The Anatomy of an Effective Nonprofit Website: Part 4 – A Way to Donate

4 min read

An effective nonprofit website doesn’t come together by accident. The best sites are the result of careful planning and intentional decisionmaking. As we’ve covered in past posts in this series, the most effective nonprofit websites include these four elements:

  1. A Well-Structured Homepage With Clear Messaging
  2. An Easy Opt-In
  3. Illustration of Impact
  4. A Way to Donate and/or Get Involved (read on)

While those first three elements are important, they’re of little use without the fourth. If your website visitors can’t quickly figure out how to donate or get involved in your organization, you may lose them forever. 

So how can you ensure your organization is making it as easy as possible for visitors to donate or take action? Here are a few best practices.

Make The Donate Button Part of Your Top Navigation

Your website’s top navigation bar is the primary spot most web visitors will look to when figuring out where to go next on your site. Don’t miss the opportunity to make a donation page one of their primary options.

BulidOn does this well, with a Donate Now link that sits alongside other top navigation items, but stands out because it’s bright orange on a gray field.

Provide Different Options for Different Types of Supporters

Your organization likely has many different types of donors and supporters, and your website will be more effective if it acknowledges the unique nuances between them.

Alex’s Lemonade Stand Foundation does a great job at this. On their Get Involved page, visitors can self-select the type of supporter they are (individual, business, kid etc.) and see personalized options for starting fundraisers, donating, and getting involved that are tailored to them.

Make Your Ask Timely 

According to npENGAGE, “most nonprofit websites see a donation form abandonment rate of around 50% – 70%. Yes, that’s more than half of the people who have found your website, gotten interested enough to click the ‘donate now’ button and looked at the donation form decide not to make that donation.” Ouch. So how can you combat donation abandonment? One best practice is to make your ask timely. 

No one does this better than ACLU. A few seconds after arriving to their site, visitors are greeted with the pop-up shown below that encourages them not just to “donate to ACLU,” but to “Protect Immigrants’ Rights,” the top issue likely to be on the minds of most visitors today. ACLU is pointed and direct in their ask. They position a donation as a fight against the Trump administration’s inhumane detention and deportation policies, and they make it possible to donate without leaving the popup window that appears on their homepage.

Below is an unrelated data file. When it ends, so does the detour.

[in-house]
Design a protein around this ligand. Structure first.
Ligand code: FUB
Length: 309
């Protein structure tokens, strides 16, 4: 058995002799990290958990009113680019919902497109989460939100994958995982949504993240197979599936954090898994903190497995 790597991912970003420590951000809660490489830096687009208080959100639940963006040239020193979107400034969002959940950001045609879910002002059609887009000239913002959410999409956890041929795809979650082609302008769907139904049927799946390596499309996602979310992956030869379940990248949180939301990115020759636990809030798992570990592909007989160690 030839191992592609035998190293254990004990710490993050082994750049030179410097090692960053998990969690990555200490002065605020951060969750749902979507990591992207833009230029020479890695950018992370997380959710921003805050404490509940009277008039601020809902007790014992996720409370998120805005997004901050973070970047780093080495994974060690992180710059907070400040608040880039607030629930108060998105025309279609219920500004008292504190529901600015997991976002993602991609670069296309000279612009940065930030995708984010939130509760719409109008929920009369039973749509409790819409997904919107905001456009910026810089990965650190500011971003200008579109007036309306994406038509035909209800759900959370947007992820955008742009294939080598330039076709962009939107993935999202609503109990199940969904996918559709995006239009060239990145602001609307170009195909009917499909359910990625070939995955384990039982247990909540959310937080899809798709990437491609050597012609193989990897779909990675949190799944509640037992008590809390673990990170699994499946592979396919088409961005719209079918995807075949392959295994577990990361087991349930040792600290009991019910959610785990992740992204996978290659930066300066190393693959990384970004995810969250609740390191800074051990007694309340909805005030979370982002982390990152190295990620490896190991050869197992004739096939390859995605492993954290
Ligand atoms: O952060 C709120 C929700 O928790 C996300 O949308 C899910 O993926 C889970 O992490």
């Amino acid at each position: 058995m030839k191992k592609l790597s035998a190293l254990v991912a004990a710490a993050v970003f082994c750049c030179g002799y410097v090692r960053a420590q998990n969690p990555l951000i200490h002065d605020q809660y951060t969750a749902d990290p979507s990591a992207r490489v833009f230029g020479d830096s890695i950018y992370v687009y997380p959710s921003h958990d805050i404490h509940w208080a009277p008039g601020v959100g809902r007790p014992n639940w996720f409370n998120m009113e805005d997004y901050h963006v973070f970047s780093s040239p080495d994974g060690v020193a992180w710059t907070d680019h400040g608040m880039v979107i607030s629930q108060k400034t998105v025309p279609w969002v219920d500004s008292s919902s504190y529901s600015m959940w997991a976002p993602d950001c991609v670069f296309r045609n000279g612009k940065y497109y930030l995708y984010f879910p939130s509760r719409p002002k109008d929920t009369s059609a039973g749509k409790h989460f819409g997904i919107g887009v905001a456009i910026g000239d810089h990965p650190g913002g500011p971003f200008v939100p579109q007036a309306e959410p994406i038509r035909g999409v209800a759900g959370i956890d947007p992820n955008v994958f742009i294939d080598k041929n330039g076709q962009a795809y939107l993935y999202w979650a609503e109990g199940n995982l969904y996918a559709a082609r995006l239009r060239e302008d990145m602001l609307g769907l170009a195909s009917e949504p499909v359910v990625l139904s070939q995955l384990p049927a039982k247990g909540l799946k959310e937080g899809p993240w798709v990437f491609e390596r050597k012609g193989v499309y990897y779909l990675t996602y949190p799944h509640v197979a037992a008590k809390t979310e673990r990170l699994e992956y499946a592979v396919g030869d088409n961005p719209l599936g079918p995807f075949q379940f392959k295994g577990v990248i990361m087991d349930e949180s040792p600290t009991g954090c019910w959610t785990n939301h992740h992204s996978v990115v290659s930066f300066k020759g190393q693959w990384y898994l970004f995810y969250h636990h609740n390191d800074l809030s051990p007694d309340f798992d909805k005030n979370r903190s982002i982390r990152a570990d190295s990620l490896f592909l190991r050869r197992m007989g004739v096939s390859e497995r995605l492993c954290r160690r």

Provide Other Ways to Give

54 percent of donors prefer to give online with a credit card, and most nonprofits tend to focus on optimizing the user experience for those donors. However, that leaves behind the 46 percent of donors who prefer other methods of giving, but may still do research into your organization using your website. 

Follow YWCA’s example and make sure your website is well-positioned for both online and offline donors. YWCA provides detailed information on other ways to give, including mailing your donation, making a gift of stocks, bonds or mutual funds, using Amazon Smile or engaging in planned giving.

Make it Mobile

Mobile giving reached an all-time high in 2018, when 24 percent of online charitable donations were made from a mobile device. The importance of optimizing your site (and especially your donation flow) for mobile cannot be overstated. Charity: water’s mobile donation page is a great example of a clean, fast-loading donation page that was designed specifically for mobile and allows users to donate with just a few taps of a finger. While charity: water’s donation page allows for credit card and PayPal donations, you may also want to consider integrating with Apple Pay to make it possible for iPhone users (over 50% of all smartphone users) to donate without entering any payment information.

If you’re looking for more tips on optimizing the ways you ask your website visitors to donate and take action, this post is a great resource.

You now have all the insights you need to create a website that truly works for your nonprofit. So what are you waiting for? Start restructuring your homepage, developing your opt-in, illustrating your impact and making it easier for donors to donate and get involved today. Your website visitors will thank you, and so will the causes and communities you serve.

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